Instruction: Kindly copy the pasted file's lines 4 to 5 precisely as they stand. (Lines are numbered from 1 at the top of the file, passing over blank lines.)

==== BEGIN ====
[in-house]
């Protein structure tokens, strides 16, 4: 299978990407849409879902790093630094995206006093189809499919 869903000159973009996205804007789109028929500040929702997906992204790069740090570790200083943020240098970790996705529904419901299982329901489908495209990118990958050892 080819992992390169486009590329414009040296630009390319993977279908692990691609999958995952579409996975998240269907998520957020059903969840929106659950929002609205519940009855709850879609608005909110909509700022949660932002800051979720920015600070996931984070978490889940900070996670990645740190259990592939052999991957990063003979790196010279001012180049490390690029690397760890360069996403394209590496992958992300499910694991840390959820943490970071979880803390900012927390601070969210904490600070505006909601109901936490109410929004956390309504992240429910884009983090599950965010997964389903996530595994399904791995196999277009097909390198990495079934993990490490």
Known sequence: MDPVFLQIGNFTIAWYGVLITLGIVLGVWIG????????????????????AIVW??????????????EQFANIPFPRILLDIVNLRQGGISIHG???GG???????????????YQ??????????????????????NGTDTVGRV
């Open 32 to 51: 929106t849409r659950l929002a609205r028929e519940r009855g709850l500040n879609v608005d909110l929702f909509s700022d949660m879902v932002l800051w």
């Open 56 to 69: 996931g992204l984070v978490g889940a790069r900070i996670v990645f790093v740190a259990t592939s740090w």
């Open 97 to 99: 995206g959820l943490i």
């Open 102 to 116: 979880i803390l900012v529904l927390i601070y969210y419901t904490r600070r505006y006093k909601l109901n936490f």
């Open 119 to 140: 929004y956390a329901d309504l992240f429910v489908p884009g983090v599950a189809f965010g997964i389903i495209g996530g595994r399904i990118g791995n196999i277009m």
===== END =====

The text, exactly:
């Open 32 to 51: 929106t849409r659950l929002a609205r028929e519940r009855g709850l500040n879609v608005d909110l929702f909509s700022d949660m879902v932002l800051w």
């Open 56 to 69: 996931g992204l984070v978490g889940a790069r900070i996670v990645f790093v740190a259990t592939s740090w």